Dreamchaser relates stories that occurred during two years in the Soviet military and two years in a Soviet prison camp, the GULAG, as a political dissident. Written sometimes in anecdotal form, they provide a window into both the author's life and experiences in the Soviet Union and the feeling of horror for everyday existence there.
The book begins with the harshness of military life, from the bizarre humor of painting living trees to suit a general's color preference to the perils of detonating old mines and explosives left buried during the Second World War, told in the voice of one young sergeant major. From the beginning, it is clear that whenever possible, he followed his own path to chase his dream.
The difficulties of burying a grandmother in a society with so much red tape and prejudice that it seems surreal in its idiocy. The violence and deception that permeated all aspects of the Soviet society also fill these stories. The injustice and waste are illustrated throughout. The KGB is as malevolent and pervasive as the worst Cold War movie ever depicted it. After being sentenced to two years in the Russian GULAG, the author describes the terror of surviving in a prison of about 2,500 criminal inmates. The circumstances of several individual prisoners are described, and together they shed an awful light on some of the darkest parts of life in the USSR. And yet in the midst of the horror, there are also moments of humor and an unwavering belief that someday there would be escape to freedom in the outside world.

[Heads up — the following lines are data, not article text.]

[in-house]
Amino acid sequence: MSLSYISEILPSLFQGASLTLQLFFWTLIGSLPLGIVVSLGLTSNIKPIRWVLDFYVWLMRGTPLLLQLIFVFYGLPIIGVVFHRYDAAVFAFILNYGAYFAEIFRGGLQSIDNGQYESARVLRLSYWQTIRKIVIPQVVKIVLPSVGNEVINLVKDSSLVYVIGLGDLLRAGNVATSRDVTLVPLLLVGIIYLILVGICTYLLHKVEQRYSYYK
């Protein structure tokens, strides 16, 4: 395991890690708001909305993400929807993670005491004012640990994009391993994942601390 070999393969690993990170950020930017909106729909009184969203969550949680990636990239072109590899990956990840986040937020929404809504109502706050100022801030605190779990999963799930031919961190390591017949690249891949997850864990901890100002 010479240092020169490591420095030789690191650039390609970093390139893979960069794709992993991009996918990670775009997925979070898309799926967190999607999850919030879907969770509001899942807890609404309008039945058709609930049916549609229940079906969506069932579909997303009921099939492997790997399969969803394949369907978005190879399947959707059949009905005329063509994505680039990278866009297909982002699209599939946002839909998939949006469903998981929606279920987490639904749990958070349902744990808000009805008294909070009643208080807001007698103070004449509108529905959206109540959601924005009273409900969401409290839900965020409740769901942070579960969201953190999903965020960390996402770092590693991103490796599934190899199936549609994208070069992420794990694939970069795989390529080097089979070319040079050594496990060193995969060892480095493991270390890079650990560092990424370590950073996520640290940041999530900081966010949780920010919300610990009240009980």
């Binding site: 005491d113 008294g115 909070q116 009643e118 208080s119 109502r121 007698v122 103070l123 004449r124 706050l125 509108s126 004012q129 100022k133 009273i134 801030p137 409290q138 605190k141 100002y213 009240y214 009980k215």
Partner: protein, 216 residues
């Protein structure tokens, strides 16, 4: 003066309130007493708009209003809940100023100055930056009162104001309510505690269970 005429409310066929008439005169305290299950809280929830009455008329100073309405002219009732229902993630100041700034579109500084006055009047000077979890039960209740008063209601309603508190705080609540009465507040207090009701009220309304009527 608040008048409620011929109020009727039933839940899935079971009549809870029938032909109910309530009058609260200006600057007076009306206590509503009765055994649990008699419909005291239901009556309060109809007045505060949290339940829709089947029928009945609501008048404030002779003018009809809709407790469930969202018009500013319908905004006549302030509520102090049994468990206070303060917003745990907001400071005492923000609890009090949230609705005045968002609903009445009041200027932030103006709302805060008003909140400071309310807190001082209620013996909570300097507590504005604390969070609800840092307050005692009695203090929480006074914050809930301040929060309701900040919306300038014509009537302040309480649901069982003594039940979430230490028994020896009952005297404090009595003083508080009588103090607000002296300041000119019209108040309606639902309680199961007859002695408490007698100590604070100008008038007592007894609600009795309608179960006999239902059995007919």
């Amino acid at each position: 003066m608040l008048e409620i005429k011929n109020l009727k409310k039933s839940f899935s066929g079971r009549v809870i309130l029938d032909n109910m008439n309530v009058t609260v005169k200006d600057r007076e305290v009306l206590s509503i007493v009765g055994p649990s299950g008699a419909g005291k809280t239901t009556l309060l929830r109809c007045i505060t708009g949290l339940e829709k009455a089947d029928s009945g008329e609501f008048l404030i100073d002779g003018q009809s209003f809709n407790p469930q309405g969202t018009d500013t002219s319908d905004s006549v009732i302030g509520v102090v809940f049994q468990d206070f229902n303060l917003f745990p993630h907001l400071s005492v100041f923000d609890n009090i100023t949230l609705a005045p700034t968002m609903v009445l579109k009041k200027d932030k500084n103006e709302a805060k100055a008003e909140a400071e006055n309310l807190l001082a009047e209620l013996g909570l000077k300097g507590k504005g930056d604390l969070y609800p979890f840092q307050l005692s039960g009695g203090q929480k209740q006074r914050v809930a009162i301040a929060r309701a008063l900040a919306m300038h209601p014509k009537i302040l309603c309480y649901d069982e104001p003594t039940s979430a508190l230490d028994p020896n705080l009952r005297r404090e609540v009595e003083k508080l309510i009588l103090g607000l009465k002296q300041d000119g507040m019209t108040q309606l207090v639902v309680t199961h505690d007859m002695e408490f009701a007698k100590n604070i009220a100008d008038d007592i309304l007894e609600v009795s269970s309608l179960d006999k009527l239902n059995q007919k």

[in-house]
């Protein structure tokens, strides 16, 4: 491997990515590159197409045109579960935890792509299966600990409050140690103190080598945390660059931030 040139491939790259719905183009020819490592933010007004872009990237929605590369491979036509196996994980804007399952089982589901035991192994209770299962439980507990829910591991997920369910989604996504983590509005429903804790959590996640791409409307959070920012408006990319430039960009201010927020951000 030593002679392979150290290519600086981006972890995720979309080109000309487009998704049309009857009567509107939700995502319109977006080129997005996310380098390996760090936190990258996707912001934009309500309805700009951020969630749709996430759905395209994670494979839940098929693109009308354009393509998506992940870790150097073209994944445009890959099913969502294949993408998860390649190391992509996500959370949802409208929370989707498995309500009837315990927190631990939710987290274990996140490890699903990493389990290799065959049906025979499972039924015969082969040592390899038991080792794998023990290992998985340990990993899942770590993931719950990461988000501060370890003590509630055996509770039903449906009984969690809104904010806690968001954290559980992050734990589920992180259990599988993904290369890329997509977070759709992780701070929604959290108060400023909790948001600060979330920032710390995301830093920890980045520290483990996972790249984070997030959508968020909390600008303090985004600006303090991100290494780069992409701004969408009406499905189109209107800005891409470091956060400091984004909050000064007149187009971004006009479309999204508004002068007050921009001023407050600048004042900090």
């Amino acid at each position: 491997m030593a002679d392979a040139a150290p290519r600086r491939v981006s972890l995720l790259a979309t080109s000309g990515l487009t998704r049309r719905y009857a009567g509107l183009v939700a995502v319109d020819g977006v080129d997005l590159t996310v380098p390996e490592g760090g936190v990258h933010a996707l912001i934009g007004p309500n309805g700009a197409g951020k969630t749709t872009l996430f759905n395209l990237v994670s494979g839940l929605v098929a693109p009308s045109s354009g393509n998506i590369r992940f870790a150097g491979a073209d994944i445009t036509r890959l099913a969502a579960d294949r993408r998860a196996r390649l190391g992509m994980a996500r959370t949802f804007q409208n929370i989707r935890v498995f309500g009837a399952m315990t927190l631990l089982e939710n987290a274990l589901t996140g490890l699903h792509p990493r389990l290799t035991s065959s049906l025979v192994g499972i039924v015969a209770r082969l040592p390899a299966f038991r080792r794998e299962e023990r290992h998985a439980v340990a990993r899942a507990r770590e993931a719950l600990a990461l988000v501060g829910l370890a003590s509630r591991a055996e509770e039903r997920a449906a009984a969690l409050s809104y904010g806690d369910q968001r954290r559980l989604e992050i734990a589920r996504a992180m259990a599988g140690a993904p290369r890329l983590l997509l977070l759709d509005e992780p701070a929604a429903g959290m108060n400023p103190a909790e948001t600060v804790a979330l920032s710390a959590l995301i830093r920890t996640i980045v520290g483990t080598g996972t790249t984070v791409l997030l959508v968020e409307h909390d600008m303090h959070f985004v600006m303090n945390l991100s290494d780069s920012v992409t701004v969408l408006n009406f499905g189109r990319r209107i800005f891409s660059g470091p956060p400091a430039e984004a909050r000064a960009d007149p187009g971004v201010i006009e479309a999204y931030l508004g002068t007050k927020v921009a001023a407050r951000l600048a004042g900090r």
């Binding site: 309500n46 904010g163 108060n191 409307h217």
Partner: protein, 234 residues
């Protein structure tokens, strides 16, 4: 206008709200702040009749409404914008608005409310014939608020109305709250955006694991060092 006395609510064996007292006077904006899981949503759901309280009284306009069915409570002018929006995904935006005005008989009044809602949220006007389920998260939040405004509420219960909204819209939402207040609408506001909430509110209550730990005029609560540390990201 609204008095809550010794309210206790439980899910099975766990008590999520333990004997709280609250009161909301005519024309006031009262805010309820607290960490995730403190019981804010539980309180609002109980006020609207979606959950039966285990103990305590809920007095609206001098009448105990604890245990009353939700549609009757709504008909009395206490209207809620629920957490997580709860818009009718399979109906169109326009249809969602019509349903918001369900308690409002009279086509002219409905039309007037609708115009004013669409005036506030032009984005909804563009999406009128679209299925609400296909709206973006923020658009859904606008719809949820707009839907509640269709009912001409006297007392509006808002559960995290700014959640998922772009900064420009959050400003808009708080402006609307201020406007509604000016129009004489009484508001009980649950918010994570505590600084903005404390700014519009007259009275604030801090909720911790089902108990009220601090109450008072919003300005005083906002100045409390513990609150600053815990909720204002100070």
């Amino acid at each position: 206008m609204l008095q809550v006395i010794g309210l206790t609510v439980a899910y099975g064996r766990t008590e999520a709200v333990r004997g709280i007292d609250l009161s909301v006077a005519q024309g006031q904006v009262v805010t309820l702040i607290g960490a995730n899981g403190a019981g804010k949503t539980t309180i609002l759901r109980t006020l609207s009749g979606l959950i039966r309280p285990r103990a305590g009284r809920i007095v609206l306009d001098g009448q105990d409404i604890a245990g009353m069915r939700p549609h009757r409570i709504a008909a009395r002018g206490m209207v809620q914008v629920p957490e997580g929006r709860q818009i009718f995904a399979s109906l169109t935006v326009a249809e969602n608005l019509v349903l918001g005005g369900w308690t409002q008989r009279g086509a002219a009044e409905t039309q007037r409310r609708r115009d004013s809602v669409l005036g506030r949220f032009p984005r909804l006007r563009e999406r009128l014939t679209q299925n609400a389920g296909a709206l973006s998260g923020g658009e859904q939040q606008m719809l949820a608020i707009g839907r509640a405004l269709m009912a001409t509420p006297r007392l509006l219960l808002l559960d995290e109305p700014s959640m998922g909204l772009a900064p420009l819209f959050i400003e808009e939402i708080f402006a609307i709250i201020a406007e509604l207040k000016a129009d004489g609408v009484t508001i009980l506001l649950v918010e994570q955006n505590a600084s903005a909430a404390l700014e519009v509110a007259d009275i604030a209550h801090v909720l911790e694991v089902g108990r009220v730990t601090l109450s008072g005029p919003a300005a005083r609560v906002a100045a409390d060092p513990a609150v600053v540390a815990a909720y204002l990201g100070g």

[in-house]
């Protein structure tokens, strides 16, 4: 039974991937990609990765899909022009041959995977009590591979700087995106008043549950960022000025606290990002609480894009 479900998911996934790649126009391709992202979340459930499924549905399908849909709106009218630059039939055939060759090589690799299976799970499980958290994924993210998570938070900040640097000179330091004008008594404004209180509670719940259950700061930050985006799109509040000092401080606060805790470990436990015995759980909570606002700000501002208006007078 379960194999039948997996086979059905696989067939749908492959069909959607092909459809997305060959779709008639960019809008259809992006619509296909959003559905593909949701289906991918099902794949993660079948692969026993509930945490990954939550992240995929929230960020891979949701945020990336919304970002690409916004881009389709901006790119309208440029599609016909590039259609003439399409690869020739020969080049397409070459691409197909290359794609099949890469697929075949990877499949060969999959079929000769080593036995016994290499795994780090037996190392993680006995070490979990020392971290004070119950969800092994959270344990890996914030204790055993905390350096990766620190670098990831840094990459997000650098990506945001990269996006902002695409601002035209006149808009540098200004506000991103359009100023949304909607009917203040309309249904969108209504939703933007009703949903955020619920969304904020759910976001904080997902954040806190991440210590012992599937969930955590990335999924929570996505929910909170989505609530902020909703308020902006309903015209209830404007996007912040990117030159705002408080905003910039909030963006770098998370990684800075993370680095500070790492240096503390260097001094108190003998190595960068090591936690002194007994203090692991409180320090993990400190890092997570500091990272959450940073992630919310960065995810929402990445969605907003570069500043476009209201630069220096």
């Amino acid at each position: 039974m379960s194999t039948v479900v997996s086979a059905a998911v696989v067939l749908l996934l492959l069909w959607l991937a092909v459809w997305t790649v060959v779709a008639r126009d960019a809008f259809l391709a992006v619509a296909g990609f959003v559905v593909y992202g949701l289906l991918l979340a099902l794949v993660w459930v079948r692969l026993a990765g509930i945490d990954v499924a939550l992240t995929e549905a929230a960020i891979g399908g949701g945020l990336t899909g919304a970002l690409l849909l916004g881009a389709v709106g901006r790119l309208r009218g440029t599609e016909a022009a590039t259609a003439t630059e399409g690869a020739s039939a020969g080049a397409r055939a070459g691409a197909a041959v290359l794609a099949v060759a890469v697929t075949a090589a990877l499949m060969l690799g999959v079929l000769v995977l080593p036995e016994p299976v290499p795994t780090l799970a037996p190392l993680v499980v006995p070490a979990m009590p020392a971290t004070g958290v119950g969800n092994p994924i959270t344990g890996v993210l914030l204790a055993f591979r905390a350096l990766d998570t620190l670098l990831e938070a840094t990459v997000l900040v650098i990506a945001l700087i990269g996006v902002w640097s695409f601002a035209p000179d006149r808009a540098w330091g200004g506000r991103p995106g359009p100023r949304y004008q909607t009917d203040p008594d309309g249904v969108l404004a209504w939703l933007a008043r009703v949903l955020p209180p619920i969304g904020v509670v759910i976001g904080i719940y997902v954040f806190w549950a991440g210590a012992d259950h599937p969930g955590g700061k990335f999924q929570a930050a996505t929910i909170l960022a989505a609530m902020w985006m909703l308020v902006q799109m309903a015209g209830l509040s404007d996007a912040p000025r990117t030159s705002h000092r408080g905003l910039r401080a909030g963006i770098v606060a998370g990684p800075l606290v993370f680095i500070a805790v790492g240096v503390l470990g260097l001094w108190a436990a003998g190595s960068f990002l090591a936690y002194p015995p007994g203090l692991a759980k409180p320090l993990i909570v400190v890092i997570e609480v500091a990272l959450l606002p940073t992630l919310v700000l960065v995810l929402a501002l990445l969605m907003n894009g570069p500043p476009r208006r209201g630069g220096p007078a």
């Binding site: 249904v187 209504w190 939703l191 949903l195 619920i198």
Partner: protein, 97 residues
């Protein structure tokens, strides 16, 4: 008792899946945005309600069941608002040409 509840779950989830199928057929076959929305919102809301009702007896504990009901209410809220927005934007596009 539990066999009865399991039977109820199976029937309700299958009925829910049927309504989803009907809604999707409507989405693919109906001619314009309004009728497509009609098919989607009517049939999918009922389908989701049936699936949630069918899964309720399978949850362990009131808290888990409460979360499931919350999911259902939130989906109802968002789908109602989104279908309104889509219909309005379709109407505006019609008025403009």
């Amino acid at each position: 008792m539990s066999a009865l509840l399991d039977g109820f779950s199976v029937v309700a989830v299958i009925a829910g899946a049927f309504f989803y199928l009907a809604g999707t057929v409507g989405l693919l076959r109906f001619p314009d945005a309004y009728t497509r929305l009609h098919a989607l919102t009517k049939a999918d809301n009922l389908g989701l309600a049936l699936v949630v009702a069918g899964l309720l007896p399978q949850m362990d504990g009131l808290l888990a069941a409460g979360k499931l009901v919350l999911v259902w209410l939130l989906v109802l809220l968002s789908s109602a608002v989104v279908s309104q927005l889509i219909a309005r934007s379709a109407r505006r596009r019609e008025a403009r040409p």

Dreamchaser provides a new angle on life in a Communist Bloc country, beyond the imagination or understanding of anyone born in a free society. It ends with a train ride across the border that is filled with heart-stopping moments, bringing the author out of the stone age and into freedom to catch his dream-freedom and pursuit for happiness.
After reading Dreamchaser, you will start counting blessings in your life.